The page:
Now an aggressive search to figure out what else went through that plant on that date.

So far, 175 cases of E. coli have been linked to the outbreak in 25 states. About two dozen cases are still awaiting confirmation. But health experts think we're seeing the tail end of that outbreak.

And just a short time ago, we learned that a third bag of E. Coli contaminated spinach has turned up, this one in Pennsylvania. Again, it was packaged as Dole baby spinach. We're waiting to find out whether it was processed at the same plant as those other tainted bags.

PHILLIPS: It's a big day of reckoning for two former executives whose names have become synonymous with corporate scandal. Cheryl Casone joins me live from the New York Stock Exchange with some developing news. I've been listening to it all morning on the radio until I got into work, Cheryl.


Well, actually, this is just coming in now. Andrew Fastow, let's start with him first. He is the former chief financial officer of Enron. He has just been sensed to six years in prison. He could have gotten as many as 10 years.

Remember, he, you know, cut the plea deal with prosecutors. And he pleaded guilty. And then he helped convict his bosses, Ken Lay and Jeffrey Skilling, for their part in Enron's bankruptcy, in their collapse in 2001.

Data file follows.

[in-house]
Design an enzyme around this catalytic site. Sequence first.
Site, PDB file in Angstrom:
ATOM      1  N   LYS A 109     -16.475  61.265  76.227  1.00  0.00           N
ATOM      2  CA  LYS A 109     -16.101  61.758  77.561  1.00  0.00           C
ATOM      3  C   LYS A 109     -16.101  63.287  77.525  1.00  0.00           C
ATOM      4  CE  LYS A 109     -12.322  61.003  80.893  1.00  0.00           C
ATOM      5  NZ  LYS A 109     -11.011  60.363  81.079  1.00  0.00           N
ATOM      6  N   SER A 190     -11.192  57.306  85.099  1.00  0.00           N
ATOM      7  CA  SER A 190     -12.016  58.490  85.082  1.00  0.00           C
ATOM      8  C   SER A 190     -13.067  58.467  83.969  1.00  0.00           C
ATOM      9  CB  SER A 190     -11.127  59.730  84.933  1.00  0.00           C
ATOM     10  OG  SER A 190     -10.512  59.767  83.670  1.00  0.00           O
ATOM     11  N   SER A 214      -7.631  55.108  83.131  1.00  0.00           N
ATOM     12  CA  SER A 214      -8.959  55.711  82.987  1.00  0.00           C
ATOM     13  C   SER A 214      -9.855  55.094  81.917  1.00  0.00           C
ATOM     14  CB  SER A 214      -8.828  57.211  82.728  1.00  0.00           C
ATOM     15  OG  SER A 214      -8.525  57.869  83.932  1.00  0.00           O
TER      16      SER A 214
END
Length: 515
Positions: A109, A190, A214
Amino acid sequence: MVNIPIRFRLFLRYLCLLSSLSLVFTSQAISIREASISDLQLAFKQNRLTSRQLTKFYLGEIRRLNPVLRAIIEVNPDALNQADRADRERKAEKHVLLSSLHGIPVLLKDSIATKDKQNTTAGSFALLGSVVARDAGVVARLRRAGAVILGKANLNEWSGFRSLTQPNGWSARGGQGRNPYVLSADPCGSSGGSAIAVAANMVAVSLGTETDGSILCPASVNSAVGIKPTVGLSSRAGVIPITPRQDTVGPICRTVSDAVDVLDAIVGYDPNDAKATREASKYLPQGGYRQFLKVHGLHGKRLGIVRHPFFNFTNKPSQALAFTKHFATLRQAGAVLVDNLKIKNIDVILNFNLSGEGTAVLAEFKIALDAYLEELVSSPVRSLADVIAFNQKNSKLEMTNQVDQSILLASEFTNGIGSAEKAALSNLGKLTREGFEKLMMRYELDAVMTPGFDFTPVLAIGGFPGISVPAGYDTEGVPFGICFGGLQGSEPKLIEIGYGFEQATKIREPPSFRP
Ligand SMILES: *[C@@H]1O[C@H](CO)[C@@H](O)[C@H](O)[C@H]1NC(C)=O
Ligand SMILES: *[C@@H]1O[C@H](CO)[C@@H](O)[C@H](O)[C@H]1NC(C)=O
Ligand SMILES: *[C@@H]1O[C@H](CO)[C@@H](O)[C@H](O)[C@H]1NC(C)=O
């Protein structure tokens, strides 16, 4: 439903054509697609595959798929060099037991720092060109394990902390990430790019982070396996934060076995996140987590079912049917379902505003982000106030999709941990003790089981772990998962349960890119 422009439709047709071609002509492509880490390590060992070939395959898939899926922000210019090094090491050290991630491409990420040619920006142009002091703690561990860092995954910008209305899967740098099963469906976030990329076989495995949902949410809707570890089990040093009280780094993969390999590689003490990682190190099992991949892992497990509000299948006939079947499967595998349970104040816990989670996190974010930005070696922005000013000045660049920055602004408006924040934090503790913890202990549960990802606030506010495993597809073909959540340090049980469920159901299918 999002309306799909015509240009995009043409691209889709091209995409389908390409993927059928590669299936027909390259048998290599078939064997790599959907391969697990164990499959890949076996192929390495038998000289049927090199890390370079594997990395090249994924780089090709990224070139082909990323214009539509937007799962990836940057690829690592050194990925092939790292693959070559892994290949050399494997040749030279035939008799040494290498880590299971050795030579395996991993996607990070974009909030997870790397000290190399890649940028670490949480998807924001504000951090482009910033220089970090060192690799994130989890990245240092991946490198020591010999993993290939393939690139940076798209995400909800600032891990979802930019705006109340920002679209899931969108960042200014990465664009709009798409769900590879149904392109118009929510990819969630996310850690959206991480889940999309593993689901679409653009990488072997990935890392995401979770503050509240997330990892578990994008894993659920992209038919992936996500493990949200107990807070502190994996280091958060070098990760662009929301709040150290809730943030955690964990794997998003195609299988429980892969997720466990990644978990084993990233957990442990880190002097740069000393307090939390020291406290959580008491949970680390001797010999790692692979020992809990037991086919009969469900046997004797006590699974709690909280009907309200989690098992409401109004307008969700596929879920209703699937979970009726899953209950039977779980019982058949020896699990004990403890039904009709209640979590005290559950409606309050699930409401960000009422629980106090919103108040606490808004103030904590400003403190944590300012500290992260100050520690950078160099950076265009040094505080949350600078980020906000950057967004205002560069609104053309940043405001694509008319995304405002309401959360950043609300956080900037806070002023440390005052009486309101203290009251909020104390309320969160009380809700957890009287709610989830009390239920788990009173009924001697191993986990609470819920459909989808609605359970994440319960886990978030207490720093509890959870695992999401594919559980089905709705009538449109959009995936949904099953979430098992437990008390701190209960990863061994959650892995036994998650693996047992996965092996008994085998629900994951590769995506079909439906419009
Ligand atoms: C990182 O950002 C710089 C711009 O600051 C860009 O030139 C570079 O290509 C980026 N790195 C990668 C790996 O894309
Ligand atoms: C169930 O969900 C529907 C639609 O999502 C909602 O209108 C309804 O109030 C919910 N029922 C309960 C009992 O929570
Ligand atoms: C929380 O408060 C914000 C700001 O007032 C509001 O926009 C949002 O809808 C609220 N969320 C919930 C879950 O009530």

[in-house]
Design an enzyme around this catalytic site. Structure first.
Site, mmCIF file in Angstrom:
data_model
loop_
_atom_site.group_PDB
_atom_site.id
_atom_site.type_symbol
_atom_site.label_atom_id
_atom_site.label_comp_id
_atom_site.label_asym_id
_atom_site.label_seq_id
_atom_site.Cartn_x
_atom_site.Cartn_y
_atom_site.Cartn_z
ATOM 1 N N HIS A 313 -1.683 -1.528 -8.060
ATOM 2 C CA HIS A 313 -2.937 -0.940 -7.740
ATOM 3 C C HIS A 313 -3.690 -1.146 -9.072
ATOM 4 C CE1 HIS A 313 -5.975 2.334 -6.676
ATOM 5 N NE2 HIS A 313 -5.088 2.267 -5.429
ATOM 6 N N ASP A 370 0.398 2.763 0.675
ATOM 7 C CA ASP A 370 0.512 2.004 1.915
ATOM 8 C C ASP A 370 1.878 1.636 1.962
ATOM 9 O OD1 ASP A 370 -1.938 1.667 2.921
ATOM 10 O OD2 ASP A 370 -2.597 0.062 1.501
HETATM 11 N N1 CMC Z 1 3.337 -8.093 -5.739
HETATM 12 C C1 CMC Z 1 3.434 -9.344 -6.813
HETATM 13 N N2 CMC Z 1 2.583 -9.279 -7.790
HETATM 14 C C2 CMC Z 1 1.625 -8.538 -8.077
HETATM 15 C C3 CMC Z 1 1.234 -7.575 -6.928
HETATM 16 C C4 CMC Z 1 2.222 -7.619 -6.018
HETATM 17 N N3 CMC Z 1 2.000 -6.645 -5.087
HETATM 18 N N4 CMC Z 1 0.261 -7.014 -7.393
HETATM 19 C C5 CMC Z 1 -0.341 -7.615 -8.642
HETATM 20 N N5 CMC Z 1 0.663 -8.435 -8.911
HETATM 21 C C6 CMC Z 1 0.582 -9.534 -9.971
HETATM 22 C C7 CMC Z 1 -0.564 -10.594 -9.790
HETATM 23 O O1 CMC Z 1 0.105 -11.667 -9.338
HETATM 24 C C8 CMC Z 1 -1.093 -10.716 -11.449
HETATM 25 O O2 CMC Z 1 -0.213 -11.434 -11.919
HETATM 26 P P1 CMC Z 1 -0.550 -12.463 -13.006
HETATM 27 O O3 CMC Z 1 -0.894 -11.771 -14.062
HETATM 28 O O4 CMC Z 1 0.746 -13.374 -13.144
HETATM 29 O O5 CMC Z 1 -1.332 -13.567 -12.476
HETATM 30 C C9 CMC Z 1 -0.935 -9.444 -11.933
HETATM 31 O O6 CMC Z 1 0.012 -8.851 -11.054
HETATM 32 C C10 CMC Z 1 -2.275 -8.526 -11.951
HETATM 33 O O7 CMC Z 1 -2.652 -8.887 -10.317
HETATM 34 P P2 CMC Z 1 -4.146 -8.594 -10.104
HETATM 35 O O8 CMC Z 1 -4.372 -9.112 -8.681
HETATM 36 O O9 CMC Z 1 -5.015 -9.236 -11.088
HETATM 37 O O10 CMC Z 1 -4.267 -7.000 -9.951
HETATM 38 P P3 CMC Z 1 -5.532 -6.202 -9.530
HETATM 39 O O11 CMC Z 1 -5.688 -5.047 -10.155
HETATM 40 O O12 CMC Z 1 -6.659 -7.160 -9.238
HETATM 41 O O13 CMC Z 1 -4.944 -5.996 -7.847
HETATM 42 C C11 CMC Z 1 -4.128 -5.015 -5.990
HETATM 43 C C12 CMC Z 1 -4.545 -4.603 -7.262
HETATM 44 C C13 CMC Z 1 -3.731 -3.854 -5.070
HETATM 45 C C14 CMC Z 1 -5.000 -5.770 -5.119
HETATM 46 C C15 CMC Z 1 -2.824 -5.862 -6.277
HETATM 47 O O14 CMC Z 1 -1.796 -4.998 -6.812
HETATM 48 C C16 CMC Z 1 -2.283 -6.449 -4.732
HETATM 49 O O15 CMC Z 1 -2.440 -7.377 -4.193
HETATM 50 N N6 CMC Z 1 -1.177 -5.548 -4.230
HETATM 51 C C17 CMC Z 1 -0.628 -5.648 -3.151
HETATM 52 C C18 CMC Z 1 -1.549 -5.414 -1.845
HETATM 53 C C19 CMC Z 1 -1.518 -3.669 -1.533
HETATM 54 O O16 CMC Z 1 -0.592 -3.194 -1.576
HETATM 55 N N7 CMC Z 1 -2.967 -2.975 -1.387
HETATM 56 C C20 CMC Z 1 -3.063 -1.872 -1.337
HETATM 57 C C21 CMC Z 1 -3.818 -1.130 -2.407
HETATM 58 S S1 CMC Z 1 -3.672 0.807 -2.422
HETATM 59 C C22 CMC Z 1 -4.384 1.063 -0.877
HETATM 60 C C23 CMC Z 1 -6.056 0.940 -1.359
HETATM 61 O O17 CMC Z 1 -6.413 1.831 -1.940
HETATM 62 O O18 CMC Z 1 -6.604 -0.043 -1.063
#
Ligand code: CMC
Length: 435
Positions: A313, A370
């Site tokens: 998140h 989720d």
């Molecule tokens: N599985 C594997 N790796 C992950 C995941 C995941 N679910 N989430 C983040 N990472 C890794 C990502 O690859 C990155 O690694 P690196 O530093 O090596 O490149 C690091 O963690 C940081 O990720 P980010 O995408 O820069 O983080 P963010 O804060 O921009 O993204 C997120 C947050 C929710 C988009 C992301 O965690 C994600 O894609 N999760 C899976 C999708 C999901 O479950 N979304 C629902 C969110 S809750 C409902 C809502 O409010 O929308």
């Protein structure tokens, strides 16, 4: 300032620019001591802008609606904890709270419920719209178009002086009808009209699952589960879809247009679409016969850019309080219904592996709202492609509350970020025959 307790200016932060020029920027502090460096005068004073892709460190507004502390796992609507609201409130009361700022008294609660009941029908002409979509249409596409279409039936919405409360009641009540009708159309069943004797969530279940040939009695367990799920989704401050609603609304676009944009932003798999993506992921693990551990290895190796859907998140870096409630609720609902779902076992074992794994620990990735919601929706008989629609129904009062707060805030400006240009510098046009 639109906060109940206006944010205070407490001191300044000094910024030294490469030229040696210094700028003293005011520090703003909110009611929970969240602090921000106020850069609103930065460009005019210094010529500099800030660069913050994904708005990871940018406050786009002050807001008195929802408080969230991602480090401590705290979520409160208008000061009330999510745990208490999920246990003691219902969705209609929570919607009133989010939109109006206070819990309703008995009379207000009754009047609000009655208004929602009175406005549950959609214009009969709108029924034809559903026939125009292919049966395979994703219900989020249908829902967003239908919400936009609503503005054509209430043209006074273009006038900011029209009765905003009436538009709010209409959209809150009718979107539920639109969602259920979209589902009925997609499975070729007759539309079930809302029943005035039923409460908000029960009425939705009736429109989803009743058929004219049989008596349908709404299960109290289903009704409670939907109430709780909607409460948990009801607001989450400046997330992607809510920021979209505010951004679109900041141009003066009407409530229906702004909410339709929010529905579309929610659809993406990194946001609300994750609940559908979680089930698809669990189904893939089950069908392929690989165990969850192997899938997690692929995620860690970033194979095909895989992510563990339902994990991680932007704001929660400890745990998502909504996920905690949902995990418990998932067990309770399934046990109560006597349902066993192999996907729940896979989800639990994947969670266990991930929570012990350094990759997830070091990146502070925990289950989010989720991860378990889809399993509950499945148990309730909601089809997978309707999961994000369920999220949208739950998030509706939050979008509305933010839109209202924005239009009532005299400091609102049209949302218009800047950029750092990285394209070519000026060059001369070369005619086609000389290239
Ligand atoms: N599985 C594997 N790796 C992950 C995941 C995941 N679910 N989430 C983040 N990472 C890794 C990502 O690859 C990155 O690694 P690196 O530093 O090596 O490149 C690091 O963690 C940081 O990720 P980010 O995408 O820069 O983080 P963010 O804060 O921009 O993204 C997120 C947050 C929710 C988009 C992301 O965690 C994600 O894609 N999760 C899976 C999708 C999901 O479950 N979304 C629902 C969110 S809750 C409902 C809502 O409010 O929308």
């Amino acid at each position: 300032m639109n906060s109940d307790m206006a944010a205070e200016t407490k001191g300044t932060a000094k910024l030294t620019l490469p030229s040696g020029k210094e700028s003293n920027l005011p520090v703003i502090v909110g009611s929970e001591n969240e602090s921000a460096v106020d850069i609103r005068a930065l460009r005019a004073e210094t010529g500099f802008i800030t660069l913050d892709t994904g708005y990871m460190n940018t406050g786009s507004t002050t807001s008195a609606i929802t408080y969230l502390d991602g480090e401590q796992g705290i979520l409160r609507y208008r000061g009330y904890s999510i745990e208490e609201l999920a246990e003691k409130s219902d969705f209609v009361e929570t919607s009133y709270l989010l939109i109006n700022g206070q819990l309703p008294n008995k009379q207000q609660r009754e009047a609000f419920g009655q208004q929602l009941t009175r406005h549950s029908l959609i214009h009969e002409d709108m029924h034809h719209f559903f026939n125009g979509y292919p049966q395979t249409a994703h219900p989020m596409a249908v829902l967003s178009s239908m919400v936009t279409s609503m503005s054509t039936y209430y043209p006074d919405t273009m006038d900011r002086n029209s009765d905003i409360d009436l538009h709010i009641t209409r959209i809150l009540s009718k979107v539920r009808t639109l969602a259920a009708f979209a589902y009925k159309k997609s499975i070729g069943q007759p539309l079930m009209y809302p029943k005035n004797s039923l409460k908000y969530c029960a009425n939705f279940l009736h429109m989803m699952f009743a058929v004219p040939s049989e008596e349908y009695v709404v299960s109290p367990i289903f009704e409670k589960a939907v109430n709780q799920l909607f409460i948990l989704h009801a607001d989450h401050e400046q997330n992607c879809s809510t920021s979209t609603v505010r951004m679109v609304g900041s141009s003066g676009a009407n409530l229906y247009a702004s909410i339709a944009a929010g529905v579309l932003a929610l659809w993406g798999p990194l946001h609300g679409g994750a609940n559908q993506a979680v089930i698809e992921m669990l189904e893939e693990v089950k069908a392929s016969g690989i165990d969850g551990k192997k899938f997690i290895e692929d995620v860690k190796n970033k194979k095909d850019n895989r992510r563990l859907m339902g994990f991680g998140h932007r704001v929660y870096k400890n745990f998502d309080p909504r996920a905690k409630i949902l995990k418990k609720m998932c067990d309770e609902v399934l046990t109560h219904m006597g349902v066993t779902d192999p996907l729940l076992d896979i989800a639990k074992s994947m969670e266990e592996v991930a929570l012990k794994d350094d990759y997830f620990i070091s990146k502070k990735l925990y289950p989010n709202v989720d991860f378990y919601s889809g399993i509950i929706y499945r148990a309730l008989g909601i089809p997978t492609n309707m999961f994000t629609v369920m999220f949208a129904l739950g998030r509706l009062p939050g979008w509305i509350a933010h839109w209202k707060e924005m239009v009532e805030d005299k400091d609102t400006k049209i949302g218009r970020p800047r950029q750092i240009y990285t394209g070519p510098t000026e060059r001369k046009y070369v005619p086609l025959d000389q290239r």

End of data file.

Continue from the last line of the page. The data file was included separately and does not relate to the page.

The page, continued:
Now as part of that plea deal, Fastow agreed to serve up to 10 years in prison. But according to wire service reports, A.P., Reuters both saying he was granted some measure of leniency by the judge just now.

Now before he was sentenced, he did get an earful from victims of his misdeeds. Kyra, Fastow had to listen to former Enron employees, shareholders and customers who were hurt by this scandal.

PHILLIPS: But Fastow isn't the only former executive facing the music today.

CASONE: He has. This is really the day of reckoning, like you said. I mean, I don't know about you, but I can't help but look back at Dennis Kozlowski, the CEO of Tyco. And remember that $2 million birthday party in Sardinia? Just -- there's so many things, looking back over the last five years. We've really come a long way.

But today, we're seeing some closure to a couple of these stories.

Now let's go to Bernie Ebbers, he was another one of the poster children for corporate greed. He is beginning his 25-year prison sentence today. He was convicted a year and a half ago for his role in the $11 billion accounting fraud that brought down that company.